Tuesday, January 9, 2018

The Revolution of Marina M

Title:  The Revolution of Marina M
Author:  Janet Finch
Publication Information:  Little Brown and Company. 2017. 816 pages.
ISBN:  0316022063 / 978-0316022064

Book Source:  I received this book as a publisher's galley through NetGalley free of cost in exchange for an honest review.

Opening Sentence:  "Rocking on the razor-musseled bay, lulled by the sleepy toll of buoy bells, the music of riggings, the eloquent stanzas of waves, I wait for news form the sea."

Favorite Quote:  "Sometimes just living is heroism."

As you might suspect from the title, this book is about the young woman Marina in the context of an actual revolution - the Russian Revolution. The background setup of the main character and the historical framework is my reason for choosing the book. Marina is the daughter of a well-to-do Russian family. Her father is involved with the powers who rule, and Marina gets involved with the ideology of the revolution. She is also a teenager, sixteen, on the cusp of defining her own ideas independently from those of her family. This framework sets up an interesting perspective on the history.

Sadly, that is not the story I read. For me, Marina ends up neither a likable nor a sympathetic character. Her father describes her as follows, "For someone who claims to be so sensitive to the plight of the common man, you're embarrassingly self-involved." A friend describes her actions as, "bourgeois baby wants to play the proletarian." Both are said in anger, but unfortunately both capture the image of Marina that comes through.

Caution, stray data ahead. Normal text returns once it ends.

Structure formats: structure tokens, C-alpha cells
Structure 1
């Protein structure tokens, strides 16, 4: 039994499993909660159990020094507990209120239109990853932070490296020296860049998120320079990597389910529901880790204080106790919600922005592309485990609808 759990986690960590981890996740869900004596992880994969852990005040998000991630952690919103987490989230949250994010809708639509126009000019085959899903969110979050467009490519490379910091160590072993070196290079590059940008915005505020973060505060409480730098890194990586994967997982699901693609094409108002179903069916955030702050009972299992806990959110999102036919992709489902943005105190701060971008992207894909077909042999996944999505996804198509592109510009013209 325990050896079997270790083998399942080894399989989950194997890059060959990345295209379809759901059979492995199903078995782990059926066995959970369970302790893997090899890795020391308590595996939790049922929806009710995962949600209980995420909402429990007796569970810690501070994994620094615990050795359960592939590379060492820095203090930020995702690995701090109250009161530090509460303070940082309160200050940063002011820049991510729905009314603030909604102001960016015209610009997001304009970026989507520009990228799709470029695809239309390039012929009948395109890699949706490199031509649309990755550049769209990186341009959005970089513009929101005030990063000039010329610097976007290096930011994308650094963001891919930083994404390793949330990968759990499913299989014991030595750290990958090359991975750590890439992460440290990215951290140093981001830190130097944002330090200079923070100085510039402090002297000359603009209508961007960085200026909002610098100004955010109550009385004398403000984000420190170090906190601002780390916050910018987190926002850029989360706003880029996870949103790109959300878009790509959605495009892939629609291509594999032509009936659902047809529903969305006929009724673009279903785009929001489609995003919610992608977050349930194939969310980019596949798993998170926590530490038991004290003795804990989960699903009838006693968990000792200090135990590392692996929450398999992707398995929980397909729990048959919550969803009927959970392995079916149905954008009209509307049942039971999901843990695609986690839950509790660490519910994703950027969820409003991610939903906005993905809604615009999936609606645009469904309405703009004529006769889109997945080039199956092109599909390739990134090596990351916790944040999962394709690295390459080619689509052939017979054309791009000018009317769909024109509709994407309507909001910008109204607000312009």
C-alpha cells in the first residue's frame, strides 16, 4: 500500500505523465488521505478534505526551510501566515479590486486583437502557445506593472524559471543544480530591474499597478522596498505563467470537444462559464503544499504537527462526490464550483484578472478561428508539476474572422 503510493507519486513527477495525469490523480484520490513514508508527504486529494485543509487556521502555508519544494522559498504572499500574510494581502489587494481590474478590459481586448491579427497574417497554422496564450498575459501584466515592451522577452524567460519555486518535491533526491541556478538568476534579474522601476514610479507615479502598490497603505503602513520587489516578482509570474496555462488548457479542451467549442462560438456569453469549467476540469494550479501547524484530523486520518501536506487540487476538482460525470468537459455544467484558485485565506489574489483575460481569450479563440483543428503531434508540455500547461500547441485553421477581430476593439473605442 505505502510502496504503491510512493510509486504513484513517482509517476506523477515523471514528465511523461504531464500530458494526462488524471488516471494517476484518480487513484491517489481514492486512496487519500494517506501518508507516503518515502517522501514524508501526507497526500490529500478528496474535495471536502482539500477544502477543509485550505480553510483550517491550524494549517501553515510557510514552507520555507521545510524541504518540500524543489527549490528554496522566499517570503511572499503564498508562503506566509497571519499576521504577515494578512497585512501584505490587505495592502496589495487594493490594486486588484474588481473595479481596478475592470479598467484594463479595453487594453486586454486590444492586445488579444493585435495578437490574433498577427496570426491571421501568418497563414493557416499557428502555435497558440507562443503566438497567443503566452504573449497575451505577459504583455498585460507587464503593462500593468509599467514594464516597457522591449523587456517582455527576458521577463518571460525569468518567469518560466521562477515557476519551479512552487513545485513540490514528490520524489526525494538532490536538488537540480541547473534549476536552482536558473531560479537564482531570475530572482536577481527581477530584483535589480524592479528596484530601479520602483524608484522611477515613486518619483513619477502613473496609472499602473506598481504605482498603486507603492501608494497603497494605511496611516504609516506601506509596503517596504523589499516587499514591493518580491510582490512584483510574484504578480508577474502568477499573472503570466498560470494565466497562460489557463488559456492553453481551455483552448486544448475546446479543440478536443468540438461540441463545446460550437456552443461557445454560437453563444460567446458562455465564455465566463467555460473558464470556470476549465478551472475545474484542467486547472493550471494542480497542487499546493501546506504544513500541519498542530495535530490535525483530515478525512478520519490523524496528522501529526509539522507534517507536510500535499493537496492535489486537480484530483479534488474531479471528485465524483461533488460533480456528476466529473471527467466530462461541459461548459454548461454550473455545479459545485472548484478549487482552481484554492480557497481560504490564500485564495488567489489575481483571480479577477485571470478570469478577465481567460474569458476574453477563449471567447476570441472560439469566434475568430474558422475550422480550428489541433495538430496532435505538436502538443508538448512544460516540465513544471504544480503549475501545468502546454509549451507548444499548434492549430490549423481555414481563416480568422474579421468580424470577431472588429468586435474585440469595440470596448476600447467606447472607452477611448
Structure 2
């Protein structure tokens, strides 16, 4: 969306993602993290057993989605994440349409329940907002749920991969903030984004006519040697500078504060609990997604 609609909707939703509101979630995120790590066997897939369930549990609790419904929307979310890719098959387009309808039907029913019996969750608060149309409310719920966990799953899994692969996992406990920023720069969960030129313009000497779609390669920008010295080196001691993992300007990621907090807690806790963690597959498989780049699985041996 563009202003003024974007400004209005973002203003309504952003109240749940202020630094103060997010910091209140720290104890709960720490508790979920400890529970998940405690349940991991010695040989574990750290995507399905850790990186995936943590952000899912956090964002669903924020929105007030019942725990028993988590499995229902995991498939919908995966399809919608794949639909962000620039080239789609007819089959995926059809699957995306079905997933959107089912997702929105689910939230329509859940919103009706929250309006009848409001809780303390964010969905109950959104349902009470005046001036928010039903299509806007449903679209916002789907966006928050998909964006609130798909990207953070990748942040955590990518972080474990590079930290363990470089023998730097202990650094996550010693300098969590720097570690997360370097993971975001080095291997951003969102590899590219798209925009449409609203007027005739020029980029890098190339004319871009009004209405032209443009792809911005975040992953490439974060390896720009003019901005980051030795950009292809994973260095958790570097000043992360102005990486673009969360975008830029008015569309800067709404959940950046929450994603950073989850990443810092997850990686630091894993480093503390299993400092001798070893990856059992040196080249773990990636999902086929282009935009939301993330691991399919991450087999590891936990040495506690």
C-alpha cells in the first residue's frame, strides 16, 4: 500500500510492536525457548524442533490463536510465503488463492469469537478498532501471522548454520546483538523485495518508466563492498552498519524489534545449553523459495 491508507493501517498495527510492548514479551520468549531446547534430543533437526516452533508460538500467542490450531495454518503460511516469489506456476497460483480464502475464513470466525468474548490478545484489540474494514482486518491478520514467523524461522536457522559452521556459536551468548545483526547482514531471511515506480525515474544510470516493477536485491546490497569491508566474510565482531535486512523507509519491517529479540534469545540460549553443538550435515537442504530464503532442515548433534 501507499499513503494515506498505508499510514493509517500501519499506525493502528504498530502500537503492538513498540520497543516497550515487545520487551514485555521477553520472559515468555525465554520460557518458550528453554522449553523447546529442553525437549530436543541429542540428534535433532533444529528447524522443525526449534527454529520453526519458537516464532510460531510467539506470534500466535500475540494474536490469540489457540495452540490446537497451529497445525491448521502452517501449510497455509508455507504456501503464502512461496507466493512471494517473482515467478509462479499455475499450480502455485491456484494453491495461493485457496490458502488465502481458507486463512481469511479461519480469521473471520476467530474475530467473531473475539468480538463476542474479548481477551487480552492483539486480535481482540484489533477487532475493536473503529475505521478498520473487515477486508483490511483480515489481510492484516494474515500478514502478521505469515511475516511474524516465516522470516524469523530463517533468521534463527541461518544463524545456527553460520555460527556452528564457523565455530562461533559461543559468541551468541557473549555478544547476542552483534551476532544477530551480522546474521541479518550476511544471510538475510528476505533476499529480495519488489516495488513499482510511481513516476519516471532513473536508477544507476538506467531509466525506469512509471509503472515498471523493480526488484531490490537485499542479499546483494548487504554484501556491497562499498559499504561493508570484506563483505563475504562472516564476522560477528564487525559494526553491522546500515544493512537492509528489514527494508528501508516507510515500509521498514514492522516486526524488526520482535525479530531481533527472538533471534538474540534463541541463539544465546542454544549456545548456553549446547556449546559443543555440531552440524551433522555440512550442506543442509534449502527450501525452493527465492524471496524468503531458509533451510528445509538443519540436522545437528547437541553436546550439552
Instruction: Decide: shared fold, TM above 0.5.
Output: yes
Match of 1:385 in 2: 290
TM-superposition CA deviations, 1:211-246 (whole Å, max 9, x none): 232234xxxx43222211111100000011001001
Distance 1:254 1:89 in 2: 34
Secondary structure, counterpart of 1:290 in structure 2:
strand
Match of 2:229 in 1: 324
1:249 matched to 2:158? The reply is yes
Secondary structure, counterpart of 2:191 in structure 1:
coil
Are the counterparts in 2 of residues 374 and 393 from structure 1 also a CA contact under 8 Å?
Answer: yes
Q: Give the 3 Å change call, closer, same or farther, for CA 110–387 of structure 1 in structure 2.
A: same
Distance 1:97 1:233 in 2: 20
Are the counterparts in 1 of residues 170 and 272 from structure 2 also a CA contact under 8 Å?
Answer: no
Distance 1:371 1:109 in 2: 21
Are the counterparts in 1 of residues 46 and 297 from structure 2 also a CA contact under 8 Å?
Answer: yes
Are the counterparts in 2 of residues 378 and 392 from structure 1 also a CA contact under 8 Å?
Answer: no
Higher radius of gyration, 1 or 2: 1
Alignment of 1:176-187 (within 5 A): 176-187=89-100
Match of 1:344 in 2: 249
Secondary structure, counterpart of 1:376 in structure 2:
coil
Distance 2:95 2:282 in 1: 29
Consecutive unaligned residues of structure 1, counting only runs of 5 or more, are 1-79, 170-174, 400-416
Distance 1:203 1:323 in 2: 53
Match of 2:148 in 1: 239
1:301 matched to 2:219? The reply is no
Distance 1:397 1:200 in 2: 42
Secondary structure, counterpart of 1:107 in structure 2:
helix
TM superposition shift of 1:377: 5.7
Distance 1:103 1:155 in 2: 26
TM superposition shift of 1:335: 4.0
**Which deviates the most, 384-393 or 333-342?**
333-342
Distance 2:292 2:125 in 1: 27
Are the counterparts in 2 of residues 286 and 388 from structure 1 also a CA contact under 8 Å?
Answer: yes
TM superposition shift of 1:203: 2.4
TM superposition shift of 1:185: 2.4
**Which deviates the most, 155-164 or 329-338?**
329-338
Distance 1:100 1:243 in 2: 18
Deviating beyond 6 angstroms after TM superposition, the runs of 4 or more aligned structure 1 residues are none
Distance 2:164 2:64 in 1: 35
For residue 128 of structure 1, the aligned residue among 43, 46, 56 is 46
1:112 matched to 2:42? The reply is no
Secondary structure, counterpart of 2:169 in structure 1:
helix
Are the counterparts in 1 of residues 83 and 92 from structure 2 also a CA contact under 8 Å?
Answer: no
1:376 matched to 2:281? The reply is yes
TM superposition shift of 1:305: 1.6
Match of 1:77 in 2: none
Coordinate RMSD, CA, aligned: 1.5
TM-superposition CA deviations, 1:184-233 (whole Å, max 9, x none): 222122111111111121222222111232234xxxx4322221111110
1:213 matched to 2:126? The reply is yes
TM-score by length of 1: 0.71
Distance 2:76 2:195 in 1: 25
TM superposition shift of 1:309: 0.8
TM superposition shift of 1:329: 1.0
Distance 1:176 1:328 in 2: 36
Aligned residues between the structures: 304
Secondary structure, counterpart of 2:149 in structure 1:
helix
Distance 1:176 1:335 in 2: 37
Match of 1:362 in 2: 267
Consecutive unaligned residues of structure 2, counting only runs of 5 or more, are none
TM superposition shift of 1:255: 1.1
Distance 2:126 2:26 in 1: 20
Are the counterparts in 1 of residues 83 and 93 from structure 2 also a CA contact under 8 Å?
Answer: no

To make matters worse, big parts of the book center on Marina's sex life with multiple partners - consensual and forced. Mind you, she is portrayed as sixteen years old at the beginning of the book. In her own words, "I certainly liked being handled by men. Sex, the life of the senses, it was very strong in my nature." The descriptions are unfortunately also at times graphic and at times violent. This does make the book dark and disturbing in a way that has nothing to do with the history it is setting out to bring to life. This aspect of the book is to me completely unexpected. Perhaps the "revolution" in the title is meant to a sexual one not just a literal one. I think not. Regardless, this type of reading is not for me, especially not when it features a sixteen year old.

The theme of Marina's relationship with her father recurs throughout the book. Sadly, he and most of the other characters in the are presented only from Marina's point of view and captured in the wide sea of events and characters the book attempts to capture. None of them become real. Consequently, Marina's feelings (anger? hate? disappointment? sadness?) towards him or any of the other characters don't feel genuine.

The perspective on the historical setting is clouded by these characteristics being ascribed to Marina. The book clearly shows that research was done into the Russian revolution. However, then it appears that it was attempted to fit every aspect into Marina's story. Families split apart, students, protests, military, war, smuggling, violence, scientists, communal living, spiritual leaders. The list goes on and on. At over eight hundred pages, a lot is encompassed into this story. In this case, more is definitely not better. After a while, it becomes some historical tidbit superimposed onto the characters in the book and into Marina's sex life. Once again, not for me.

After making it through all that, the book has an abrupt end with no real closure. Come to find out, this book is not only long but also not complete. A sequel is planned. Unfortunately, this is not a story I care to continue.

Please share your thoughts and leave a comment. I would love to "talk" to you.

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